Residents forced from their homes by Estepona fire begin to return

A helicopter douses the flames from above.
A helicopter douses the flames from above. / Charo Márquez
  • Firefighters and rescuers hope to have the wildfire completely under control by the end of Tuesday

  • A man of French origin has been arrested, believed to have started the fire when trying to destroy a beehive

The wildfire which broke out in the Peñas Blancas area of Estepona on Monday morning and forced hundreds of people to evacuate their homes is expected to be declared officially under control by the end of Tuesday.

The main obstacles for the 240 firefighters and the up to 22 helicopters and planes tackling this blaze has been the steep and inaccessible terrain, as well three high-voltage lines that cross the area. Alejandro Garcia, one of those leading this Infoca operation, explained that water couldn't be discharged on them.

However, now that two of three have been switched off (with the third set to follow shortly), and a favourable change in weather conditions, the operation is expected to be brought under control imminently. "There is less wind, milder temperatures and a higher level of humidity," said regional government spokesman, Elías Bendodo.

The fire was visible from a number of nearby homes.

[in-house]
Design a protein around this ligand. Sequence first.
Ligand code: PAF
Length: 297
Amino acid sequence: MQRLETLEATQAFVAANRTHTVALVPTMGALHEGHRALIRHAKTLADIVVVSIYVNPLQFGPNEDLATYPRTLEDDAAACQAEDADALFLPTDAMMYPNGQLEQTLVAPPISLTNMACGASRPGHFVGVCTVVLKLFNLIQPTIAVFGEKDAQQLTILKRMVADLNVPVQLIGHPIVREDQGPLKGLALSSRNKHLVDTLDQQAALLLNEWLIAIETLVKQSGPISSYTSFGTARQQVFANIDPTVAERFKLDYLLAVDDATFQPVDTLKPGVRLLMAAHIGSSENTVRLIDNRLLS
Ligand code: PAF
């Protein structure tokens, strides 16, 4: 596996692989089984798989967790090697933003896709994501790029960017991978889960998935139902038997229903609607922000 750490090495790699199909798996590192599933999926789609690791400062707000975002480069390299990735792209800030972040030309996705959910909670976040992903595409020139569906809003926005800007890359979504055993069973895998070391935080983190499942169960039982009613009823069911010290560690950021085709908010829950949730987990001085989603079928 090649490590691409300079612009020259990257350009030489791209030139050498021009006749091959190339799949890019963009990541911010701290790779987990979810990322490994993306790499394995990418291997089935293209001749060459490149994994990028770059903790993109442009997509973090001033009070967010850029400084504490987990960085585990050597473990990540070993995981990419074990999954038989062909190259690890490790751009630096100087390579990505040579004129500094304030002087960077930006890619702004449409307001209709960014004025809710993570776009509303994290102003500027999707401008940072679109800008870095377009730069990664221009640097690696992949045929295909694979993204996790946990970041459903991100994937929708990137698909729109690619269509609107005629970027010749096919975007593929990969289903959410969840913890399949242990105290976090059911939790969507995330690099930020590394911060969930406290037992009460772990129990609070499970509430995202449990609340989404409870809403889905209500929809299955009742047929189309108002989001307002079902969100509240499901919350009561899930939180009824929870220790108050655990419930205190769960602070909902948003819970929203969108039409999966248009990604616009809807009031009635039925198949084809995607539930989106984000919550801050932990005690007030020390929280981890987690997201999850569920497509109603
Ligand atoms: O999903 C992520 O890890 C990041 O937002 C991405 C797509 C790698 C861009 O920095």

The fire was visible from a number of nearby homes. / EFE

As a result, on Tuesday afternoon, some residents of the lower part of the Forest Hills development were allowed to return to their homes. This came after 146 people from that development, as well as La Alberdina-Las Abejeras, were forced to spend the night in a sports centre.

So far, the returning residents have confirmed that their homes and land have not suffered any damage.

An arrest made

Bendodo also confirmed on Monday that a man had been arrested in connection with starting the fire.

According to initial investigations, the fire was caused by "negligence" when the man, of French origin, tried to destroy a beehive but quickly lost control of the flames.

The man had been renting the land from which the fire originated.

Around 300 hectares razed

The area, made up pricipally of scrub and pine trees, is of immense ecological importance and borders the Sierra Bermeja natural park. So far, the area razed is estimated to be around 300 hectares.

Firefighters have been working around the clock, risking their lives in the face of 12-metre-high flames with strong winds making the path of the fire increasingly unpredictable.